Defendant argues that this Court lacks subject matter jurisdiction necessary to entertain Plaintiff's claims based upon the Rooker-Feldman doctrine. This doctrine provides that lower federal courts "may not sit in direct review of the decisions of a state tribunal." Gulla v. North Strabane Township, 146 F.3d 168, 171 (3rd Cir. 1988), citing, Rooker v. Fidelity Trust Co., 263 U.S. 413 (1923) and District of Columbia Court of Appeals v. Feldman, 460 U.S. 462 (1983); Port Authority PBA v. Port Authority of N.Y. and N.J., 973 F.2d 169, 179 (3rd Cir. 1992) ("[T]he fundamental principle of the Rooker-Feldman doctrine [is] that a federal district court may not sit as an appellate court to adjudicate appeals of state court proceedings."). The Rooker-Feldman doctrine is "confined to cases of the kind from which the doctrine acquired its name: cases brought by state-court losers complaining of injuries caused by state-court judgments rendered before the district court proceedings commenced and inviting district court review and rejection of those judgments." Exxon Mobile Corp. v. Saudi Basic Industries Corp., 544 U.S. 280, 284 (2005); see also Turner v. Crawford Square Apartments III, L.P., 449 F.3d 542, 547 (3rd Cir. 2006). It is not limited to decisions by a state's highest court, but also applies to orders issued by lower state courts. Port Authority, 973 F.2d at 178. If a litigant's federal claims are barred under the Rooker-Feldman doctrine, the district court is divested of subject matter jurisdiction over those claims. Desi's Pizza, Inc. v. City of Wilkes-Barre, 321 F.3d 411, 419 (3rd Cir. 2003).

Here, the Superior Court of Pennsylvania at No. 484 WDA 2007 rendered an Opinion on October 3, 2007 affirming the trial court's order terminating Mitchell Conjalko's parental rights to his son, A.C. See Defendant's Supplemental Brief, Exhibit 3 [Doc. No. 11]. With respect to B.H., the Court of Common Pleas of Crawford County entered a decree on January 17, 2005 establishing Dwight David Huston as the natural father of B.H., and his parental rights were subsequently terminated on June 5, 2007 at O.C. No. 2007-40. See Defendant's Supplemental Brief, Exhibits 4-5.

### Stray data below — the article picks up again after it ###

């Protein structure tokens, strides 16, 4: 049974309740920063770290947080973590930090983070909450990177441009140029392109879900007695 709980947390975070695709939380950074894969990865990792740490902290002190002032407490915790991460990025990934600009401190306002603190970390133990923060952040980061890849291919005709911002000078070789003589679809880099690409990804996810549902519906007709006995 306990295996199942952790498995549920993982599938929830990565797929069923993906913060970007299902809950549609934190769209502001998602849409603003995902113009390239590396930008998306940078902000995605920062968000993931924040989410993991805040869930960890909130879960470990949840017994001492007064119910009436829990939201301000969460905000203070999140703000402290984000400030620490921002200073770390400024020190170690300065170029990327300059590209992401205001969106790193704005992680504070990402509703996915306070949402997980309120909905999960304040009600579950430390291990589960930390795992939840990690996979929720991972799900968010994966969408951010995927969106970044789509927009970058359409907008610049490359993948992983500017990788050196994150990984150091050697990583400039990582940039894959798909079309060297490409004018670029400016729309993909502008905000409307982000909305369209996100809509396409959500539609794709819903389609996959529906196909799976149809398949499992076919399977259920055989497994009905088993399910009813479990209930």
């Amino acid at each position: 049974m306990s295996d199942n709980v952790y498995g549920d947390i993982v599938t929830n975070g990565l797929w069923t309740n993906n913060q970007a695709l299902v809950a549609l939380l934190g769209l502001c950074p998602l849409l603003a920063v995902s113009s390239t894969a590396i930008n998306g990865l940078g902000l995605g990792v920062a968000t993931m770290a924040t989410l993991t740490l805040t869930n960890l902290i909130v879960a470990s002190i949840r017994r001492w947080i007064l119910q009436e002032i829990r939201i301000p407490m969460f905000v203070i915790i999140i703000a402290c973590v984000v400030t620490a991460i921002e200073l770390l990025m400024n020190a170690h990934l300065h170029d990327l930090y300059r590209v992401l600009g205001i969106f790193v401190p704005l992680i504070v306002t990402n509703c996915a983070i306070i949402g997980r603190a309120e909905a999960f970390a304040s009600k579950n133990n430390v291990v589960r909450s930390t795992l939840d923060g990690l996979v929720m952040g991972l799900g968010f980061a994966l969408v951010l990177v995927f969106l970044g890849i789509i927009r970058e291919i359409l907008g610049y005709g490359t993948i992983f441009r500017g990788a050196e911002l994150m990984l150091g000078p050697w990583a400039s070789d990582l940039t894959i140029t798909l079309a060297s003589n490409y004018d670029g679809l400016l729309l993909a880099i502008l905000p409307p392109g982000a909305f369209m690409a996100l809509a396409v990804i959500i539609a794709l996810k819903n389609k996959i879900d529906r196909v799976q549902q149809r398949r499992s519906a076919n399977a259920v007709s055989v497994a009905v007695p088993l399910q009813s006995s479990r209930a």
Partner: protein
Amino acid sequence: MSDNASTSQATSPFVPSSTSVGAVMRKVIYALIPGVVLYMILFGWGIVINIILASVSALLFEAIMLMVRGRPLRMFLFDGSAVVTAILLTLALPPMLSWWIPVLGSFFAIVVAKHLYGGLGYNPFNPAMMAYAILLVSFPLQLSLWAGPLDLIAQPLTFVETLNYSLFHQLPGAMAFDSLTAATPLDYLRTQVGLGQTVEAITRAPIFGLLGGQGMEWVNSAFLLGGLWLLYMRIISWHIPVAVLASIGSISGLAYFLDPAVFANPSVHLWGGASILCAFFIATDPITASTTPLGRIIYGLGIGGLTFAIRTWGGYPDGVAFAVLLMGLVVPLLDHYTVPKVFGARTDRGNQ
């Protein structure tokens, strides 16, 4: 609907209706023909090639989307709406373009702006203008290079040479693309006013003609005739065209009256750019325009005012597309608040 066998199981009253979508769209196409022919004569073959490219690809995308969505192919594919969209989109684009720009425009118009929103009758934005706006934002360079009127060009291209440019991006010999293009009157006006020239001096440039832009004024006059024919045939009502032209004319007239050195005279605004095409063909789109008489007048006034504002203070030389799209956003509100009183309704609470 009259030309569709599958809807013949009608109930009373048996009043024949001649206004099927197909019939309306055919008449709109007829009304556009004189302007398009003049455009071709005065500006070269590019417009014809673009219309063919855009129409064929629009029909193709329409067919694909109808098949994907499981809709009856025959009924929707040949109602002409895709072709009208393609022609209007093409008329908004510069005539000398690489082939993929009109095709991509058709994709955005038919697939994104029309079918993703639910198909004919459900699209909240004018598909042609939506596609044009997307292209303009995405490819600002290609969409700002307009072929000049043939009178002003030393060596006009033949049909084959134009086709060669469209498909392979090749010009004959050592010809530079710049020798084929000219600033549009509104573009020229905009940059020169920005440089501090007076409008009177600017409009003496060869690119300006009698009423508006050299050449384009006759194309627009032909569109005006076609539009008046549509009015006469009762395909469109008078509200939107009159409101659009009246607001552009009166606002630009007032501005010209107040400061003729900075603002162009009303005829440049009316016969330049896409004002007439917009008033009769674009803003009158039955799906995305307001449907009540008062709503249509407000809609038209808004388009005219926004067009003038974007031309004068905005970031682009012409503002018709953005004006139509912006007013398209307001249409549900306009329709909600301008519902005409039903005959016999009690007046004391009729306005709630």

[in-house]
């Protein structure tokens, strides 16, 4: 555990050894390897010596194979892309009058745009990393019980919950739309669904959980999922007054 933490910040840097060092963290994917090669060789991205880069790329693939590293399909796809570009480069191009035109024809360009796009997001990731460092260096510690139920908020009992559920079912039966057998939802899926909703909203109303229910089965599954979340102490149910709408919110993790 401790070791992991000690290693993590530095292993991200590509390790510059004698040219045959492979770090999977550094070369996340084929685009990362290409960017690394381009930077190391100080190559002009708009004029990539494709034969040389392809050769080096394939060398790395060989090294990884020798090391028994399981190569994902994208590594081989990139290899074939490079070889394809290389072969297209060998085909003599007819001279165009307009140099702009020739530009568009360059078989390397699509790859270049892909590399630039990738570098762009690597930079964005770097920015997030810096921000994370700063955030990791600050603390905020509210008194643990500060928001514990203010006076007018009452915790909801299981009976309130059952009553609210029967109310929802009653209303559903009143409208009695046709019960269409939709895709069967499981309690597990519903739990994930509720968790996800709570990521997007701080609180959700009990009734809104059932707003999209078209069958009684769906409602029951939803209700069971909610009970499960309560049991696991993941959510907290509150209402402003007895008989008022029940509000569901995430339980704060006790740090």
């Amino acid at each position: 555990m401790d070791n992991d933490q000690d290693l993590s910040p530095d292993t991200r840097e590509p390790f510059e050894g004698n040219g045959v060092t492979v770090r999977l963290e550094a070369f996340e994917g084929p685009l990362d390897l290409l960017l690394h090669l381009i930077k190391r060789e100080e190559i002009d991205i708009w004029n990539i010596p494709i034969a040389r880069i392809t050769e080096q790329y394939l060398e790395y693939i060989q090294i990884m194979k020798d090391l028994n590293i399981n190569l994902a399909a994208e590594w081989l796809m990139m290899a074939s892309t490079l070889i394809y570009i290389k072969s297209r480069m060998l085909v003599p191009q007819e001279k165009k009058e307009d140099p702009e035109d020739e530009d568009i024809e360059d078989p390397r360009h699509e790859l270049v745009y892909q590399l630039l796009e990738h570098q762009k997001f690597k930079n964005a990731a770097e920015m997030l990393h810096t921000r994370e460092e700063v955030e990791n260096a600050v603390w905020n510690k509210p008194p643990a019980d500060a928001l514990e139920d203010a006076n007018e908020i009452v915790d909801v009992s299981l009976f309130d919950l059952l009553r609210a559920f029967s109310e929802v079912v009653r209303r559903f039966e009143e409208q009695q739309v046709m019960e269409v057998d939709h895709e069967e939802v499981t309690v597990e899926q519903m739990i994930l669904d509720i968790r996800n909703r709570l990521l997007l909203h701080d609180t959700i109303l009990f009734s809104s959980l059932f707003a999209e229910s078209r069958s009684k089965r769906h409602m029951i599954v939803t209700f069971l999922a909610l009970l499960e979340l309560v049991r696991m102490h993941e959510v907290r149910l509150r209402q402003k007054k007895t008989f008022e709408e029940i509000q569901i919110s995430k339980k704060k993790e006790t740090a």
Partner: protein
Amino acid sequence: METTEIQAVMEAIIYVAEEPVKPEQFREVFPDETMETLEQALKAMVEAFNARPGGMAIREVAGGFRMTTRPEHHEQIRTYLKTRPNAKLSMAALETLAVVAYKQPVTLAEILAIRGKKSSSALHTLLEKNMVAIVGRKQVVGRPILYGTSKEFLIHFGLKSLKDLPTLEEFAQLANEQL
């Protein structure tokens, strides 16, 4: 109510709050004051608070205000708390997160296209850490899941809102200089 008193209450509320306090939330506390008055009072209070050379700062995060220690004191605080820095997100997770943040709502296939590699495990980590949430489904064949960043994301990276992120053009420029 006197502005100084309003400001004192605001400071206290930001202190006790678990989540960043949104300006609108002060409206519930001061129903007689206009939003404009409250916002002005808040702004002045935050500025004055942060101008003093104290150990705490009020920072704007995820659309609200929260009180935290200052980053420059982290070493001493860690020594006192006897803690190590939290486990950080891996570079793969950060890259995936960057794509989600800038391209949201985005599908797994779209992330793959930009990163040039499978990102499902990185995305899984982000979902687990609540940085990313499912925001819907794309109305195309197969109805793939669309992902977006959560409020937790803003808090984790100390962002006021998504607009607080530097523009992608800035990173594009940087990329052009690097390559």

In her Complaint before this Court, as well as in her response to Defendant's motion to dismiss, Plaintiff explicitly requests that the Court reinstate her son's parental rights to both children. See Complaint p. 3 ("give my son his rights back to both A.C. and B.H. and have them come home to us"); Response to Motion [Doc. No. 9] ("I do not want this dismissed ... [the case] should be erased as if nothing ever happened"); Letter filed June 25, 2008 [Doc. No. 10] (requesting that the Court "rule that Children and Youth Services return both B.H. and A.C. [a]nd to have Mitchell Conjalko's rights to both B.H. and A.C. reinstated"). By requesting that the Court reinstate her son's parental rights, Plaintiff is seeking a reversal of the state court judgments, which is precisely what Rooker-Feldman prohibits. See e.g., Nixon v. Tioga County Family Services, 2007 WL 2916124 at * 1 (3rd Cir. 2007) (district court lacked jurisdiction over complaint which sought reinstatement of suspended visitation rights); McKnight v. Baker, 244 Fed. Appx. 442, 445 (3rd Cir. 2007) (Rooker-Feldman prohibited review of Family Court order regarding visitation of minor child); O'Callaghan v. Harvey, 233 Fed. Appx. 181, 183 (3rd Cir. 2007) (holding that appellant's claims regarding a state court custody determination "lie squarely within [the] Rooker-Feldman doctrine"), cert. denied, 128 S.Ct. 652 (2007); Barnes v. Domitrovich, 184 Fed. Appx. 164, 166 (3rd Cir. 2006) (plaintiff's claims regarding state court ...